Image-based rendering blends contributions from different input images to synthesize a novel view. (a) This blending operation is complex for a variety of reasons. For example, incorrect visibility (e.g., for the non-reconstructed green surface in input view (1)) may result in wrong projections of an image into the novel view. Blending must also account for, e.g., differences in projected resolution ((2) and (3)). Previous methods have used hand-crafted heuristics to overcome these issues. (b) Our method generates a set of ranked contributions (mosaics) from the input images and uses predicted blending weights from a CNN to perform deep blending and synthesize (c) novel views. Our solution significantly reduces visible artifacts compared to (d) previous methods.


Free-viewpoint image-based rendering (IBR) is a standing challenge. IBR methods combine warped versions of input photos to synthesize a novel view. The image quality of this combination is directly affected by geometric inaccuracies of multi-view stereo (MVS) reconstruction and by view- and image-dependent effects that produce artifacts when contributions from different input views are blended. We present a new deep learning approach to blending for IBR, in which we use held-out real image data to learn blending weights to combine input photo contributions. Our Deep Blending method requires us to address several challenges to achieve our goal of interactive free-viewpoint IBR navigation. We first need to provide sufficiently accurate geometry so the Convolutional Neural Network (CNN) can succeed in finding correct blending weights. We do this by combining two different MVS reconstructions with complementary accuracy vs. completeness tradeoffs. To tightly integrate learning in an interactive IBR system, we need to adapt our rendering algorithm to produce a fixed number of input layers that can then be blended by the CNN. We generate training data with a variety of captured scenes, using each input photo as ground truth in a held-out approach. We also design the network architecture and the training loss to provide high quality novel view synthesis, while reducing temporal flickering artifacts. Our results demonstrate free-viewpoint IBR in a wide variety of scenes, clearly surpassing previous methods in visual quality, especially when moving far from the input cameras.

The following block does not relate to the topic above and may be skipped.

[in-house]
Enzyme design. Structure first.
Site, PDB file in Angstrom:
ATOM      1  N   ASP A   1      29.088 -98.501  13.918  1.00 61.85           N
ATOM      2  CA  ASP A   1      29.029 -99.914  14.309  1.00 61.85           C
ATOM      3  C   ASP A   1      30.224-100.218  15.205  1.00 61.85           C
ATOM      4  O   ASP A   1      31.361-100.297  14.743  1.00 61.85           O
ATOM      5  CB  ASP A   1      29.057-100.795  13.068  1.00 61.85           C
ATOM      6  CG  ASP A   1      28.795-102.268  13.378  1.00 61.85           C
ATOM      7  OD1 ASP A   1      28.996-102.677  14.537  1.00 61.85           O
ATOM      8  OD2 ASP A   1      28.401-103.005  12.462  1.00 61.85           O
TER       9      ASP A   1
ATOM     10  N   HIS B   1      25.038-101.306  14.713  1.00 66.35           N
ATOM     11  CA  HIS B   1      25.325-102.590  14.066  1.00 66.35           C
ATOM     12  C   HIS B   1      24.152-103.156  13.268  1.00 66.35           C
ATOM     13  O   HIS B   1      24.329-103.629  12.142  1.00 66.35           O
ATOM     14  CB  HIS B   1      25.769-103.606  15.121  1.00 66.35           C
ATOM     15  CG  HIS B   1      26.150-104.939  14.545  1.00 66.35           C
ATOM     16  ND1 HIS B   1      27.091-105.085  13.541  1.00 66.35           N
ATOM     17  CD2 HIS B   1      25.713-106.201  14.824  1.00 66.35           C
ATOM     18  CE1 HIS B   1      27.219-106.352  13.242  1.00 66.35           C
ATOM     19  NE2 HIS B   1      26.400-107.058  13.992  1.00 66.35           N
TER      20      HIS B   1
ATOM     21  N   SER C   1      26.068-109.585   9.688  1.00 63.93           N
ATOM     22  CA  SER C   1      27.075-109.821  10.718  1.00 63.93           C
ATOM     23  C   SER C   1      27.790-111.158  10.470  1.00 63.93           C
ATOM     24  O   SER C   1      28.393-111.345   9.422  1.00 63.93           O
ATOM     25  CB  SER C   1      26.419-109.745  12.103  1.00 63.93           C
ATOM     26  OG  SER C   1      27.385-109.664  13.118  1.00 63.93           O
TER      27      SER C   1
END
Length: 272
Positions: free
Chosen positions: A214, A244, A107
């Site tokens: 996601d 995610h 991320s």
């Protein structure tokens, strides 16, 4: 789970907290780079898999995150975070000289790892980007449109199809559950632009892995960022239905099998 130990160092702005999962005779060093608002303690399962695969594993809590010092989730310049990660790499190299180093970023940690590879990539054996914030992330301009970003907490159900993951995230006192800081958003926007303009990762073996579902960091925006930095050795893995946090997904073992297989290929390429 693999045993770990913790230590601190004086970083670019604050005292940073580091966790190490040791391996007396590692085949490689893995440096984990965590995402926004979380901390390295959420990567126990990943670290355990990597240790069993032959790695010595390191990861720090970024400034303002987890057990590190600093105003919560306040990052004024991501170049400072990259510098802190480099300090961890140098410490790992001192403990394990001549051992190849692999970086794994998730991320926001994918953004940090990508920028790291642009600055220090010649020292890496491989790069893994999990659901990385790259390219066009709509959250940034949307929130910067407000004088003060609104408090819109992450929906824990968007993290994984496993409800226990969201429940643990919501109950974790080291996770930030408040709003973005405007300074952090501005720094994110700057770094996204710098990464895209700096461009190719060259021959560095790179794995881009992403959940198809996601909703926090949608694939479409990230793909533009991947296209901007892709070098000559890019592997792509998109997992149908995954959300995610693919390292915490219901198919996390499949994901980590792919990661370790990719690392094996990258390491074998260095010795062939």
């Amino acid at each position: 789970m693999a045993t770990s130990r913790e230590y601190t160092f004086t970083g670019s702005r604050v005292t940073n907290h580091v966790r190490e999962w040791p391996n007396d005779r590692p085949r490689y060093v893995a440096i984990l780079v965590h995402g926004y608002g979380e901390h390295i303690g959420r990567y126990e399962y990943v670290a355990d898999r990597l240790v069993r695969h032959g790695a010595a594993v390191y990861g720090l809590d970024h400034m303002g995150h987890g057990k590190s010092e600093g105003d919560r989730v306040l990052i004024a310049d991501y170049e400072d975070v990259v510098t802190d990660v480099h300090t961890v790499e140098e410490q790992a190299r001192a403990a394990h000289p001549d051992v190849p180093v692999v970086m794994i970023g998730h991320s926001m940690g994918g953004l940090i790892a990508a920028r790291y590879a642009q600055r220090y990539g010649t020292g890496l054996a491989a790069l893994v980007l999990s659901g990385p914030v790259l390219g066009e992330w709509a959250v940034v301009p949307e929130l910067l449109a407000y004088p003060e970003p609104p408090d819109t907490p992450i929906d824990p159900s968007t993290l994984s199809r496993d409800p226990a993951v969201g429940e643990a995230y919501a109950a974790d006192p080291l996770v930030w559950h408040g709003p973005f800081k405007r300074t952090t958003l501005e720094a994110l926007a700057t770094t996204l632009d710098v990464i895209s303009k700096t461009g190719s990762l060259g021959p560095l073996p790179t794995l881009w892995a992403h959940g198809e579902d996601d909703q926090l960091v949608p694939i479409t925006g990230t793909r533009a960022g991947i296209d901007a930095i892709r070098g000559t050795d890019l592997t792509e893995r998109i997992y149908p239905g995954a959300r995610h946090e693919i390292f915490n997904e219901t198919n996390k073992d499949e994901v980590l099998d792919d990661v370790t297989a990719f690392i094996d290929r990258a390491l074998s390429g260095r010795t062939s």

author = {Hedman, Peter and Philip, Julien and Price, True and Frahm, Jan-Michael and Drettakis, George and Brostow, Gabriel},
  title = {Deep Blending for Free-viewpoint Image-based Rendering},
  booktitle = {ACM Transactions on Graphics (Proc. SIGGRAPH Asia)},
  publisher = {ACM},
  volume    = {37},
  number    = {6},
  pages     = {257:1--257:15},
  year      = {2018}


This research was financially supported by the Rabin Ezra scholarship fund, NSF CNS-1405847, NERC NE/P019013/1, and the EU H2020 EMOTIVE project. We thank Clément Godard for helpful input on network training and different loss functions, Akash Bapat for conversations regarding depthmap and global geometry improvements, and Adrien Bousseau for insightful comments.